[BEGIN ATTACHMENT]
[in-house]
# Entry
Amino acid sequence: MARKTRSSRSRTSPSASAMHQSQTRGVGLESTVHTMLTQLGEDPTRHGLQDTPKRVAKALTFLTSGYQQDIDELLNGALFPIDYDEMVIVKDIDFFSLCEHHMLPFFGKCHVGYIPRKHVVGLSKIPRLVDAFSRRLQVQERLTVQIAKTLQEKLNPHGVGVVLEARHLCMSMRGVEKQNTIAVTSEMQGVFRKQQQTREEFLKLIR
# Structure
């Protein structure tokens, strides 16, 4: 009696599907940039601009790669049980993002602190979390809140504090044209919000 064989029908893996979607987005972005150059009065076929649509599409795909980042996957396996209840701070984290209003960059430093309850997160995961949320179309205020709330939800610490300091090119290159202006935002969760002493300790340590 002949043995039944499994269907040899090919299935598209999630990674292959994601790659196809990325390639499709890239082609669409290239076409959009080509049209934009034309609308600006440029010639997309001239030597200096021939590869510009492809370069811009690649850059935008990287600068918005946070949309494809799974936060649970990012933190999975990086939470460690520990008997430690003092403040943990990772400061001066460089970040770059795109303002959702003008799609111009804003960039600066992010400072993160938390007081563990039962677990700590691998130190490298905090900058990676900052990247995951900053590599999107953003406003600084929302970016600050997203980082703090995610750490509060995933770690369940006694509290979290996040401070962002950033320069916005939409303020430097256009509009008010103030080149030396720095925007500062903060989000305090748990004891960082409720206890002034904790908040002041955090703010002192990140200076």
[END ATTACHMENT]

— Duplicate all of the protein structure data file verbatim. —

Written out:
[in-house]
# Entry
Amino acid sequence: MARKTRSSRSRTSPSASAMHQSQTRGVGLESTVHTMLTQLGEDPTRHGLQDTPKRVAKALTFLTSGYQQDIDELLNGALFPIDYDEMVIVKDIDFFSLCEHHMLPFFGKCHVGYIPRKHVVGLSKIPRLVDAFSRRLQVQERLTVQIAKTLQEKLNPHGVGVVLEARHLCMSMRGVEKQNTIAVTSEMQGVFRKQQQTREEFLKLIR
# Structure
């Protein structure tokens, strides 16, 4: 009696599907940039601009790669049980993002602190979390809140504090044209919000 064989029908893996979607987005972005150059009065076929649509599409795909980042996957396996209840701070984290209003960059430093309850997160995961949320179309205020709330939800610490300091090119290159202006935002969760002493300790340590 002949043995039944499994269907040899090919299935598209999630990674292959994601790659196809990325390639499709890239082609669409290239076409959009080509049209934009034309609308600006440029010639997309001239030597200096021939590869510009492809370069811009690649850059935008990287600068918005946070949309494809799974936060649970990012933190999975990086939470460690520990008997430690003092403040943990990772400061001066460089970040770059795109303002959702003008799609111009804003960039600066992010400072993160938390007081563990039962677990700590691998130190490298905090900058990676900052990247995951900053590599999107953003406003600084929302970016600050997203980082703090995610750490509060995933770690369940006694509290979290996040401070962002950033320069916005939409303020430097256009509009008010103030080149030396720095925007500062903060989000305090748990004891960082409720206890002034904790908040002041955090703010002192990140200076």